Root-zone storage and snow cover effects

A catchment study on the dynamic behaviour of the root-zone moisture capacity related to changing snow cover patterns

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Extreme weather events seem to happen more often nowadays. One of these extreme events was the California Drought between 2012 and 2016. The socioeconomic and environmental impacts of this drought were enormous:
thousands square kilometers of agricultural land fallowed, thousands of lost jobs, salinization problems and forest fires. As a result of the drought, multiple research is conducted related to the hydrological and environmental
impacts. However, the role of the root-zone storage capacity during the drought period is not investigated well. This root-zone storage capacity is the water available for plants to transpire and to grow. It influences the partitioning between the transpiration and the run-off rates, which controls the fundamental
processes in ecosystem functioning (such as floods, droughts and groundwater recharge). Scientific evidence is growing that this root-zone storage behaves dynamically. The underlying assumption is that plants adapt their root system to climatic and environmental changes. One of these changes related to drought is the availability of snow, which is an important source of the rivers in California. It is important to know how the rootzone is changing due to the snow cover changes during the California Drought to understand the hydrological
behaviour of the Californian rivers. For that, the Merced River basin in the Sierra Nevada is analyzed on the relationship between snow cover and root-zone storage capacity.
To analyze these relationship, this research consists of two parts: trend analysis and hydrological modeling.
The purpose of the first is to see whether there is a change in snow cover, temperature and precipitation and to learn about the dynamics between precipitation, temperature and snow cover. This is done by conducting a trend analysis with the Mann-Kendall test for precipitation, temperature and snow-free days. These snowfree days are calculated based on snow cover data from a MODIS satellite product (MOD10A1) and a method of regional snow-line elevation. Additional to this, a multivariate regression analysis was executed to related snow-free days, precipitation and temperature to each other. Furthermore, scenarios for snow-free days were conducted to analyze the effect of the CaliforniaDrought. The purpose of the second part is to relate the change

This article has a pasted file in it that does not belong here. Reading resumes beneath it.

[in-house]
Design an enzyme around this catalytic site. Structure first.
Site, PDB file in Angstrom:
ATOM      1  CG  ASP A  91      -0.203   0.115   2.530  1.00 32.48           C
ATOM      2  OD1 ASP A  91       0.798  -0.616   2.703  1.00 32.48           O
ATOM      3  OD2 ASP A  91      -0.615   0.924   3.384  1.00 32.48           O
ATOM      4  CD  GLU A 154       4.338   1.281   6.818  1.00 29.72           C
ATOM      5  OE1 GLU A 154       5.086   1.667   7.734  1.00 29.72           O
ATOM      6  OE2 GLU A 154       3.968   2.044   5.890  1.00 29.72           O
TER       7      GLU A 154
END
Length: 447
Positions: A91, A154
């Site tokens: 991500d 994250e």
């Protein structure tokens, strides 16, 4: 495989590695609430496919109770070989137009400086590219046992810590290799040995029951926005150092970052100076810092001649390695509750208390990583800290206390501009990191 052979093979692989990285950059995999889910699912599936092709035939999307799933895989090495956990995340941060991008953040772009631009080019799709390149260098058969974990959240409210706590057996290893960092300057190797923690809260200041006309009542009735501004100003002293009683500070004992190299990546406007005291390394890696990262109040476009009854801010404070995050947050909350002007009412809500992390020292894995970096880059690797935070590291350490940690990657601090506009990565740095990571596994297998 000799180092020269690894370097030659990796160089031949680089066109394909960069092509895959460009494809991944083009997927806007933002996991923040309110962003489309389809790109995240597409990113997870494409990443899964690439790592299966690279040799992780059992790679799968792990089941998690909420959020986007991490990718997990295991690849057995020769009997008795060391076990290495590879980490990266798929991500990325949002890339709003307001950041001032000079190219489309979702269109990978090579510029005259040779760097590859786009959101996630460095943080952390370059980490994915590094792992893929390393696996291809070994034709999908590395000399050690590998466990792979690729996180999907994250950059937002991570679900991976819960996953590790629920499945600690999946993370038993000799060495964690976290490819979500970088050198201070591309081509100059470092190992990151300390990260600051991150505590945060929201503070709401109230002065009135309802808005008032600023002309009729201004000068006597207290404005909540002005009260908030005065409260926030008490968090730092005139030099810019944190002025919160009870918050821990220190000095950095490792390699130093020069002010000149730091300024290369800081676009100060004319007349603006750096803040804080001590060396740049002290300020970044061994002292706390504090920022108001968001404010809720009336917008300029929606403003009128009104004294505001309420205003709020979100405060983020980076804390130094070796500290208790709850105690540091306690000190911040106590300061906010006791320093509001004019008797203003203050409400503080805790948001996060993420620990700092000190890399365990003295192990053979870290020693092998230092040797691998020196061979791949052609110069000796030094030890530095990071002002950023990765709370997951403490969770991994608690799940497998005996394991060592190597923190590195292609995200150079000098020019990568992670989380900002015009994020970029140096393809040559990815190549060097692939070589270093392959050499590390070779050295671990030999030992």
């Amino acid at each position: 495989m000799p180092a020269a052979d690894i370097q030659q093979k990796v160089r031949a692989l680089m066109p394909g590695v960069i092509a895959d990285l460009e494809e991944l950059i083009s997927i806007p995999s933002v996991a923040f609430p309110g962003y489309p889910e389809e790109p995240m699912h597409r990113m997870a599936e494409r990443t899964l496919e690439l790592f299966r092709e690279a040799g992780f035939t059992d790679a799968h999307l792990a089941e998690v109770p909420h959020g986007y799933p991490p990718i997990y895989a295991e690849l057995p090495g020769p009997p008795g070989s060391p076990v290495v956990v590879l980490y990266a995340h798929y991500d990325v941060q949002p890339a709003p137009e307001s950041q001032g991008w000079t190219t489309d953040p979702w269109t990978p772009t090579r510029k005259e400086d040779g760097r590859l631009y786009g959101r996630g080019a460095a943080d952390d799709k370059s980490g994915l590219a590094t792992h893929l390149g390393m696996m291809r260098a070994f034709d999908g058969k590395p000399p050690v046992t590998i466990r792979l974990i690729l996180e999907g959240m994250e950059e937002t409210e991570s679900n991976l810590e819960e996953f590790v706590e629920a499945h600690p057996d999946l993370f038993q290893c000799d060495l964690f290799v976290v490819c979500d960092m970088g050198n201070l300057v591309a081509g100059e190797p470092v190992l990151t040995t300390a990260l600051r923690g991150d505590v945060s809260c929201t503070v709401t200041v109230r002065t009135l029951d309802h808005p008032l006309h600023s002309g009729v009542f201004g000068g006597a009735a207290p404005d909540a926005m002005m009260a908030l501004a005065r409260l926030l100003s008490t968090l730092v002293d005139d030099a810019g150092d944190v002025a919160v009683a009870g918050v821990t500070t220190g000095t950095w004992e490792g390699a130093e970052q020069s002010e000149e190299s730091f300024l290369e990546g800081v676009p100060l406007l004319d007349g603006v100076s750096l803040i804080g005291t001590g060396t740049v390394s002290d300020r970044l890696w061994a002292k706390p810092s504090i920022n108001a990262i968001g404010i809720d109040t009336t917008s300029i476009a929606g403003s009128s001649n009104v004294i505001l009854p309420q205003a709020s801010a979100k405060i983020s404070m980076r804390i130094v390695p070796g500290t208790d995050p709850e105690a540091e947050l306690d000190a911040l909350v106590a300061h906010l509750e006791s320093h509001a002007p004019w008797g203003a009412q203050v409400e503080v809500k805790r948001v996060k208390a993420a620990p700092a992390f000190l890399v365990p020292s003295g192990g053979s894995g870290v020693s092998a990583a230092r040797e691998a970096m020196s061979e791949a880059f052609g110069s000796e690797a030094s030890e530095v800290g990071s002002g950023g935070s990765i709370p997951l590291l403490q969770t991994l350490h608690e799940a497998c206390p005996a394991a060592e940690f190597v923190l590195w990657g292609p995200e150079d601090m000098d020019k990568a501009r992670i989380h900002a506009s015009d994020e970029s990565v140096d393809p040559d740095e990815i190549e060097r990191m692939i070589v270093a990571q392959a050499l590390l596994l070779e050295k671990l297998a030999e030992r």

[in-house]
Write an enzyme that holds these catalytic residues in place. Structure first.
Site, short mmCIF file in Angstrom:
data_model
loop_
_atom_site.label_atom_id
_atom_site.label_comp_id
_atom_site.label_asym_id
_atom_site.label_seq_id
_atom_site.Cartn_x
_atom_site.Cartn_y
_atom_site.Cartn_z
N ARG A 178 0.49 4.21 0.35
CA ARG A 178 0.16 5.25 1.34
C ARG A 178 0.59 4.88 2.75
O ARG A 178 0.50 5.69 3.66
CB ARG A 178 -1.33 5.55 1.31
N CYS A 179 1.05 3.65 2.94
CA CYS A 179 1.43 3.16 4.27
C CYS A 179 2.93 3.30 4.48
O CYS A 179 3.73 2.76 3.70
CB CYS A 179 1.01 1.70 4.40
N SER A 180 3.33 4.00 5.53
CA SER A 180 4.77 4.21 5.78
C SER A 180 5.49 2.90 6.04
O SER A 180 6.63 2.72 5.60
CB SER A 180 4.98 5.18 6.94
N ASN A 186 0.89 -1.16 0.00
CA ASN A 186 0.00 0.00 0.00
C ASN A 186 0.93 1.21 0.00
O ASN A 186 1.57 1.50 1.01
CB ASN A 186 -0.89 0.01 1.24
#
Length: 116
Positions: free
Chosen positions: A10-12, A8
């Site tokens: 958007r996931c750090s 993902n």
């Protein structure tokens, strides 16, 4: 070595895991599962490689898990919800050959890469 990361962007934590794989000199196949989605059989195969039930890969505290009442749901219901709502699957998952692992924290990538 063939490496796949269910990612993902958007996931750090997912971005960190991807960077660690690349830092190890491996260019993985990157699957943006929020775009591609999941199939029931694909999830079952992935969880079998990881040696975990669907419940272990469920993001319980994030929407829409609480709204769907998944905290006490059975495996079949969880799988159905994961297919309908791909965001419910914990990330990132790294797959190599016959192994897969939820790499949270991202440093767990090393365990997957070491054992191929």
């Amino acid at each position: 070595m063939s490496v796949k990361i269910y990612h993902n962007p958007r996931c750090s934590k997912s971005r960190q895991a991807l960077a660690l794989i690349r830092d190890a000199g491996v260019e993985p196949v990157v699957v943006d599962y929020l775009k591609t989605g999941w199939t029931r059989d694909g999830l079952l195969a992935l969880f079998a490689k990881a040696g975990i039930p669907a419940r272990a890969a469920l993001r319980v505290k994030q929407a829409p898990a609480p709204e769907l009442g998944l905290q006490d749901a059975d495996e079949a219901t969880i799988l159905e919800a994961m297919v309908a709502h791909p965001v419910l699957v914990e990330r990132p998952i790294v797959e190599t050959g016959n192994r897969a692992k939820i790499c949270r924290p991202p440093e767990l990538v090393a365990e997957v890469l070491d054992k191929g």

in snow cover to the root-zone storage capacity. This is done by building a hydrological model calibrated on the snow cover data. By doing this, the maximum soil moisture deficit over a 15 year interval could be calculated,
which is an estimation for the root-zone storage capacity.
The trend analysis showed a clear downward trend in winter precipitation, but not a significant trend in temperature. The snow-free days are increasing at all elevations, but only significant up to 3300 m.a.s.l. The maximum trend related to the observed snow-free days was 7 days/year at 2300 and the average for the whole catchment was 4 days/year. The multivariate regression analysis showed that the temperature influence ismore important than the precipitation input, however the maximum R2 was around 0.7. At higher elevations it was not so clear whether precipitation or temperature described snow-free days well enough. The scenarios re veiled the enormous effects of the California Drought on the total amount of snow-free days and confirmed the importance of temperature during this extreme event. At 2300 m.a.s.l. it differs 40 snow-free days with a situation with normal winter temperatures. The effect of temperature is also visualized in the hydrological model, where the maximum soil moisture deficit was not found in the drought period but slightly before it. This is caused by the combination of small precipitation amounts and a low temperature (no melt). In the drought period the soil moisture deficit was limited by the melt from the snow. This is also confirmed by the analysis of the snow storage in the hydrological model. However, the maximum of the soil moisture deficit is gradually increasing of the past 30 years which hints to the adaptive behaviour of the root-zone.
The trend analysis and the hydrological model showed that the amount of snow in the Merced River basin is decreased due to the California Drought. At 2300 m.a.s.l., the snow-free days are changed from 170 to over 250. The maximumdifference in snow storage before and after 2010 is 100mmaveraged over the whole basin.
The decrease of snow during this period had a limiting effect on the soil moisture deficit. Due to the melting water, no maximum values of soil moisture deficit were found. However, slightly before the California Drought
a maximumwas found. This maximum is related to a cold but dry period, where not a lot of melting water was generated. Overall, the maximum of the soil moisture deficit is increasing over the past 30 years. This hints to the adaptive behaviour of plants. In summary, the California Drought caused a decrease of the amount of snow and resulted in limiting of the soil moisture deficit. Simultaneously the soil moisture deficit is increasing.
The limiting effect of snow melt on the soil moisture deficit gives plants the time to cope with the changes.